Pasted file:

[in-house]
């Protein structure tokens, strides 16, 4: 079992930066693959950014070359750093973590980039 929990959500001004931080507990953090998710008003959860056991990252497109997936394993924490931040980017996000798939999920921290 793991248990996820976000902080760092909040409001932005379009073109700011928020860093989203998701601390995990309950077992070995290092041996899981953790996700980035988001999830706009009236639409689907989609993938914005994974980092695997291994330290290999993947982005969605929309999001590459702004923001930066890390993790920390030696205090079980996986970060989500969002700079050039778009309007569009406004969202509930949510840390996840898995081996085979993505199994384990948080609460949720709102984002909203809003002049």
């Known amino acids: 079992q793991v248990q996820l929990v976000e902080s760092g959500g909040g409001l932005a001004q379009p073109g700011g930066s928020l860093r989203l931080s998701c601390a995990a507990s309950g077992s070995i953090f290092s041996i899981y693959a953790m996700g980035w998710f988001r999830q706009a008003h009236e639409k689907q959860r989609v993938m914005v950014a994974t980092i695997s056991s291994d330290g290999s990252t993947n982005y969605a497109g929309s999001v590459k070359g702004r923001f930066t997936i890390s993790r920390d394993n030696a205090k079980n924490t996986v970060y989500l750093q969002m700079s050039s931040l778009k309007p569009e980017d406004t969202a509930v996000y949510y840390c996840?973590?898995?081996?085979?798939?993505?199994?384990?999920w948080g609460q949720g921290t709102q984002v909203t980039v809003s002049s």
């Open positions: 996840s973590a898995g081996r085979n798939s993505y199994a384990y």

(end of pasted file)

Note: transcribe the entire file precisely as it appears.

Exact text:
[in-house]
């Protein structure tokens, strides 16, 4: 079992930066693959950014070359750093973590980039 929990959500001004931080507990953090998710008003959860056991990252497109997936394993924490931040980017996000798939999920921290 793991248990996820976000902080760092909040409001932005379009073109700011928020860093989203998701601390995990309950077992070995290092041996899981953790996700980035988001999830706009009236639409689907989609993938914005994974980092695997291994330290290999993947982005969605929309999001590459702004923001930066890390993790920390030696205090079980996986970060989500969002700079050039778009309007569009406004969202509930949510840390996840898995081996085979993505199994384990948080609460949720709102984002909203809003002049």
């Known amino acids: 079992q793991v248990q996820l929990v976000e902080s760092g959500g909040g409001l932005a001004q379009p073109g700011g930066s928020l860093r989203l931080s998701c601390a995990a507990s309950g077992s070995i953090f290092s041996i899981y693959a953790m996700g980035w998710f988001r999830q706009a008003h009236e639409k689907q959860r989609v993938m914005v950014a994974t980092i695997s056991s291994d330290g290999s990252t993947n982005y969605a497109g929309s999001v590459k070359g702004r923001f930066t997936i890390s993790r920390d394993n030696a205090k079980n924490t996986v970060y989500l750093q969002m700079s050039s931040l778009k309007p569009e980017d406004t969202a509930v996000y949510y840390c996840?973590?898995?081996?085979?798939?993505?199994?384990?999920w948080g609460q949720g921290t709102q984002v909203t980039v809003s002049s």
């Open positions: 996840s973590a898995g081996r085979n798939s993505y199994a384990y």